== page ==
It often happens that one gets fed up with the customary entertainments. There are no any interesting movies on in the local cinemas and the cafes and bowling clubs seem to be such a bore. And here one begins to understand that he or she may lack something that would provide the new unforgettable impressions.
It is sad to admit that we tend to forget about the joy and pleasure that nature gives us. That happens because all our entertainments get more and more technically sophisticated. Gradually we lose the ability to see the happiness in fulfilling the simple relaxing actions such as walking in the local park or watching the birds. Every city dweller is eager to get the new impressions and share them with his or her friends without facing the words “I’ve already downloaded and watched it”. If you want to get an amazing experience that will provide a lot of happy memories for you try to go on a trekking tour. This is the best activity both for the people who miss the hiking with their classmates at school and the ones who have never spent a night in a tent.
After “The Ring” movie was released the European viewers found out that the ghost stories also exist in Japan. The words “kaidan” and “neo-kaidan” started to sound everywhere. But if there are the new kaidans there must be the old ones.
Probably someone may remember the “Kwaidan” movie by Masaki Kobaysi telling the four supernatural stories combined in one film. The name of the film is an archaic transcription of the word “kaidan” denoting the mysterious or creepy story”. The film was awarded a special prize on the Cannes movie festival. However it cannot be called a typical example of the genre which was extremely popular in Japan in 50s and 60s but completely unknown outside its border.
Kaidans were traditional elements of the Japanese culture during a long period of time, but the term itself appeared only in the Edo epoch in the sixteenth century. Firstly is was the tradition of storytelling. The custom of a hundred kaidans existed in the middle-aged Japan. The country inhabitants gathered used to gather on one of the houses late in the evening, and a hundred of candles was lighted. Everyone had to tell a scary story after which one of the candles was blown out. The night was passing, some of the people were falling asleep and the border between reality ind imaginary world was getting more and more vague. According to the old legend when the last candle was blown out something awful always happened to those who weren’t sleeping. Of course the tension was growing as it became darker in the room. Read More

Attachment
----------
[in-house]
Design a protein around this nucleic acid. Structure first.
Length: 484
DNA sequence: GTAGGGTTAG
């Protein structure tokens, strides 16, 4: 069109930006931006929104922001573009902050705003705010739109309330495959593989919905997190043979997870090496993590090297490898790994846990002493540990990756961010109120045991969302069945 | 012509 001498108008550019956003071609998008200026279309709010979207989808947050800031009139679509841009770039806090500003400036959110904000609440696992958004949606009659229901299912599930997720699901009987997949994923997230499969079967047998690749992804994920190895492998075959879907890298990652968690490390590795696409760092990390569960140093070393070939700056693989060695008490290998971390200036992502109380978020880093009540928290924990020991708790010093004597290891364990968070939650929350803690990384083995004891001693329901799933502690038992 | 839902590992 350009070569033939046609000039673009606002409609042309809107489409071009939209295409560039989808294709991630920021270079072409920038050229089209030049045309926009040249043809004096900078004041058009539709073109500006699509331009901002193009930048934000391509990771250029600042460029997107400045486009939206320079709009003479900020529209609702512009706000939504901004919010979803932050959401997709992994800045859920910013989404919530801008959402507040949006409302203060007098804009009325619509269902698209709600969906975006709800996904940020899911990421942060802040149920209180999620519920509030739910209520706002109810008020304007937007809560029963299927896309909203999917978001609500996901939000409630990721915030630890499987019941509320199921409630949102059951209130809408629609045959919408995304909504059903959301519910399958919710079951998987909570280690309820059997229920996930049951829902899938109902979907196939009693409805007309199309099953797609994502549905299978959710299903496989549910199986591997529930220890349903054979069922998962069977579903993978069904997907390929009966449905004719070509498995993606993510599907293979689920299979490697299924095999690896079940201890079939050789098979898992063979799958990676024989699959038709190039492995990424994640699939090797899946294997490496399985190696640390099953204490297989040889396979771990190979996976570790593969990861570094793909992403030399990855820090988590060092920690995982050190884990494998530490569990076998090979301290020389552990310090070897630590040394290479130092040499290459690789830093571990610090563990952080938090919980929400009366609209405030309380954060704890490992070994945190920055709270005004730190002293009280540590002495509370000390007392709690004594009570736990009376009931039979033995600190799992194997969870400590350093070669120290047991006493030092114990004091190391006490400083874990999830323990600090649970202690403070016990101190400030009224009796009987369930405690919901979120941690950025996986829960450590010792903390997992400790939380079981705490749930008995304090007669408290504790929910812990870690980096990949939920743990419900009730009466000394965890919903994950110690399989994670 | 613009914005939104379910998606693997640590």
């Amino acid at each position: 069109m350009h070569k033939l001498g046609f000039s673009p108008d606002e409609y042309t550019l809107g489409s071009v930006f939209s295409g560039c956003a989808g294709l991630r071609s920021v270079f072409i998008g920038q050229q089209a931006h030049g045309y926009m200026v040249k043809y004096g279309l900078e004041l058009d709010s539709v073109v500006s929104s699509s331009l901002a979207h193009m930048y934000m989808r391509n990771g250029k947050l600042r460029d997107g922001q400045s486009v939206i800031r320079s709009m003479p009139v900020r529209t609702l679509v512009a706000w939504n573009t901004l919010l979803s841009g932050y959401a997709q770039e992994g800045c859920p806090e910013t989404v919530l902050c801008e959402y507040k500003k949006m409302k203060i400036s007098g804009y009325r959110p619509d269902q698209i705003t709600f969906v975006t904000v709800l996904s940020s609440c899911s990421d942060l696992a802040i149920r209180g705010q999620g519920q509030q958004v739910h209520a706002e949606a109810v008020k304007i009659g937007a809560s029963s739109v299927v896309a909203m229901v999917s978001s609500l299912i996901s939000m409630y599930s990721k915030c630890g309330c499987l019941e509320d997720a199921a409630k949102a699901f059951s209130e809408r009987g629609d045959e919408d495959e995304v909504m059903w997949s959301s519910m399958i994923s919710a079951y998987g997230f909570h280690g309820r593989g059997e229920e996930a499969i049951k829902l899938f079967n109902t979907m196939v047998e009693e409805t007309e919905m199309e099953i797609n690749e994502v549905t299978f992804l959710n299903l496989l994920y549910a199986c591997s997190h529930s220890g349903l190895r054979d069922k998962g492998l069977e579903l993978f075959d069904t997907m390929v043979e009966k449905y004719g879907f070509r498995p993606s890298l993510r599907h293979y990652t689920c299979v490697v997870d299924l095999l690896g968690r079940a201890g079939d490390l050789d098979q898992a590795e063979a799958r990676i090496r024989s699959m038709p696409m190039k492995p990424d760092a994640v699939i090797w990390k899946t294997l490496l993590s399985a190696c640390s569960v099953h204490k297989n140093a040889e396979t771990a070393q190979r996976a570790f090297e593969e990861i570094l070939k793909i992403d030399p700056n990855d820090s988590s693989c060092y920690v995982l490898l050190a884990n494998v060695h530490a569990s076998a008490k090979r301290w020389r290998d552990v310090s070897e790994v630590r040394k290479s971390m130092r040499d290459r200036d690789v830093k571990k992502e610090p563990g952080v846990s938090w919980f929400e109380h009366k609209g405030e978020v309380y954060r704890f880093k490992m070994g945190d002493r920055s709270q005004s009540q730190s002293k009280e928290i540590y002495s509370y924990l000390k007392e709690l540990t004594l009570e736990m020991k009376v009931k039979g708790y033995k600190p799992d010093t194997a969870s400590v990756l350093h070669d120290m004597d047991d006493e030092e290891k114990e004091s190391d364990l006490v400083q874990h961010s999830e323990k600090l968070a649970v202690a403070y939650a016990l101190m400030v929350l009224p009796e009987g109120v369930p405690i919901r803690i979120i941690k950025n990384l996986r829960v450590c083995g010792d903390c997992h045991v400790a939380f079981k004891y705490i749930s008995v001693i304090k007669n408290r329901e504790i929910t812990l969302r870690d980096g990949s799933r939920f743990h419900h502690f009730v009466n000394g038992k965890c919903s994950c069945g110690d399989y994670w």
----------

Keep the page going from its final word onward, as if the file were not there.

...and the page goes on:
Taxi is the type of transport that could be found everywhere all over the world. So let’s see what peculiarities of the most convenient way of transportation are there in different countries?
In London the taxi cars are called “cabs”. Their history begins with the horse cabriolet which carried the passengers had two wheels and were open-top. The contracted form of the word “cabriolet” was “cab” and remains to be widespread nowadays. In the year 1891 Wilhelm Brune invented the first taximeter, a device to control the price of the ride. But the word “taxi” derived from the name of the device hasn’t become popular in Britain.
The London cabs are manufactured by such companies as Hooper, London Taxi International and Asquinth. To make the cars more noticeable they are painted black and decorated with the logos and aerography.
The taxi in New York is famous for it bright yellow cars. The passengers are usually not allowed to take the seat next to the driver. The driver cabin is detached from the passenger one by the bulletproof glass. The taxi drivers are emigrants wearing keffiyeh or turbans as a rule. It’s interesting that the illegal taxi is called here “gypsy cab”.